Time-motion characteristics and physiological responses of small-sided games in elite youth players: The influence of player number and rule changes

Publisher:
National Strength and Conditioning Association
Publication Type:
Journal Article
Citation:
Journal of Strength and Conditioning Research, 2010, 24 (8), pp. 2149 - 2156
Issue Date:
2010-01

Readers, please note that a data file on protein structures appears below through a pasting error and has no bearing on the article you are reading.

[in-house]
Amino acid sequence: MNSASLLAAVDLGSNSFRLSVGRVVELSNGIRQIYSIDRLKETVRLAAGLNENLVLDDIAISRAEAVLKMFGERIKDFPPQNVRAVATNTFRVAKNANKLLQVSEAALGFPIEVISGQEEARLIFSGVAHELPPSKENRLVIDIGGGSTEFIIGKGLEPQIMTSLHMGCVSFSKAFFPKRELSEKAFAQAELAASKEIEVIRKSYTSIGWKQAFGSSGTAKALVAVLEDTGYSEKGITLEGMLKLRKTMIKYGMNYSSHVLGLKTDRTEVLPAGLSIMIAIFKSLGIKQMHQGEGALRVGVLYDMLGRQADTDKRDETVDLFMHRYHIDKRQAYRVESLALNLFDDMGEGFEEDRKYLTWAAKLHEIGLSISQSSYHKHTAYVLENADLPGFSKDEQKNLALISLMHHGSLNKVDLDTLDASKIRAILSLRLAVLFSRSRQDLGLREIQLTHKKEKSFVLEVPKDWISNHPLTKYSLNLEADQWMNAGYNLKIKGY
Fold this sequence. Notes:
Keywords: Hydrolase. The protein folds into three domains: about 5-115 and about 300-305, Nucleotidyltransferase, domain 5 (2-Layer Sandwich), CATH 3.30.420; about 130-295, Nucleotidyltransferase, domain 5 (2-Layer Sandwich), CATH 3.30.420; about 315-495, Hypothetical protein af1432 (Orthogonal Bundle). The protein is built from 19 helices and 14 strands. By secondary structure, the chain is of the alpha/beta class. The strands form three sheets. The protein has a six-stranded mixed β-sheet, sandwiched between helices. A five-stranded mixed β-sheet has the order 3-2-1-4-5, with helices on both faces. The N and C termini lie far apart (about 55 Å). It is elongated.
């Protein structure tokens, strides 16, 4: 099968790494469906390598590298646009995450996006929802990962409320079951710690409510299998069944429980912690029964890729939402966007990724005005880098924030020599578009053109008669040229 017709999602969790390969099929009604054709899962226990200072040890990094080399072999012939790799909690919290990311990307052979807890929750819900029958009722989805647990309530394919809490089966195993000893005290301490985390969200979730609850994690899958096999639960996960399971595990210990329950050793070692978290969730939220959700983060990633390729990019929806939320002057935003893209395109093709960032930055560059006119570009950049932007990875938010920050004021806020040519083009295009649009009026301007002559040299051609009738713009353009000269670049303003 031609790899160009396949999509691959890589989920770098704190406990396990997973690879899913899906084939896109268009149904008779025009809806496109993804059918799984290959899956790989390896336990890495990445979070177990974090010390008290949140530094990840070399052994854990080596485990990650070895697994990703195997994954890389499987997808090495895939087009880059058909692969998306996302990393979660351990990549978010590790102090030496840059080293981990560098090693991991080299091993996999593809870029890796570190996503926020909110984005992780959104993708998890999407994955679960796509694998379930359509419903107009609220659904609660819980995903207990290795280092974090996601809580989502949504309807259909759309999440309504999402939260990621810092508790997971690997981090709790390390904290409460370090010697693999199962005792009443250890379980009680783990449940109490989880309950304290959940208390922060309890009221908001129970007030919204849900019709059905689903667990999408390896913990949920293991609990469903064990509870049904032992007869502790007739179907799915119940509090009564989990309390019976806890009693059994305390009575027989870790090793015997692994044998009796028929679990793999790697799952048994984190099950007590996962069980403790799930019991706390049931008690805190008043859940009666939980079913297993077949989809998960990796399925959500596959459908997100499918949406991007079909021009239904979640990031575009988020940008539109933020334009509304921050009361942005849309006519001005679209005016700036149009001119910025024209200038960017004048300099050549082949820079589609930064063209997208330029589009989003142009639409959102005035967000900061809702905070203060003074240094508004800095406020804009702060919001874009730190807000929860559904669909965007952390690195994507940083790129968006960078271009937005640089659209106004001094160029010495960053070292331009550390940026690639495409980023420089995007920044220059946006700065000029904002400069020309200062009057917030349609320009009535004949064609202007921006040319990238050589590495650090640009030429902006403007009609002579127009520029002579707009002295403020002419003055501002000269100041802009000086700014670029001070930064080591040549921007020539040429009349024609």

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Hill-Haas, SV, Coutts, AJ, Dawson, BT, and Rowsell, GJ. Time-motion characteristics and physiological responses of small-sided games in elite youth players: The influence of player number and rule changes. J Strength Cond Res 24(8): 2149-2156, 2010-The aim of this study was to examine acute physiological responses and time-motion characteristics associated with 4 soccer-specific small-sided game (SSG) formats (3 vs. 4 players, 3 vs. 3 players + floater, 5 vs. 6 players, and 5 vs. 5 players + floater) and 4 rule changes in elite youth soccer players. Sixteen male youth soccer players (mean ± SD: age = 15.6 ± 0.8 years, stature = 170.8 ± 6.6 cm, body mass = 67.5 ± 6.2 kg, and 20-m shuttle run estimated [latin capital V with dot above]o2max = 57.4 ± 3.7 ml·kg-1·min-1) participated in the study, in which heart rate (HR), rating of perceived exertion (RPE), blood lactate (La-), and time-motion characteristics were recorded. The rule change requiring extra sprint running had a greater effect on the time-motion characteristics than all other rule modifications but no effect on acute %HRmax, La-, and RPE. Rule changes had no effect on RPE. Fixed underload teams (i.e., lower number of players compared with the opponent team) recorded a significantly higher RPE compared with the fixed overload teams, although there were no differences in %HRmax and La-. The major practical findings are that subtle changes in SSGs playing rules can influence the physiological, perceptual, and time-motion responses in young elite soccer players. Rules that are related to a team's chances of scoring may improve player motivation and thereby increase training intensity during SSGs. There were no differences between fixed and variable formats in terms of physiological and perceptual responses, although both may provide useful technical-tactical training. Coaches should take care in designing different soccer SSGs as each rule or game format change may influence exercise intensity independently.
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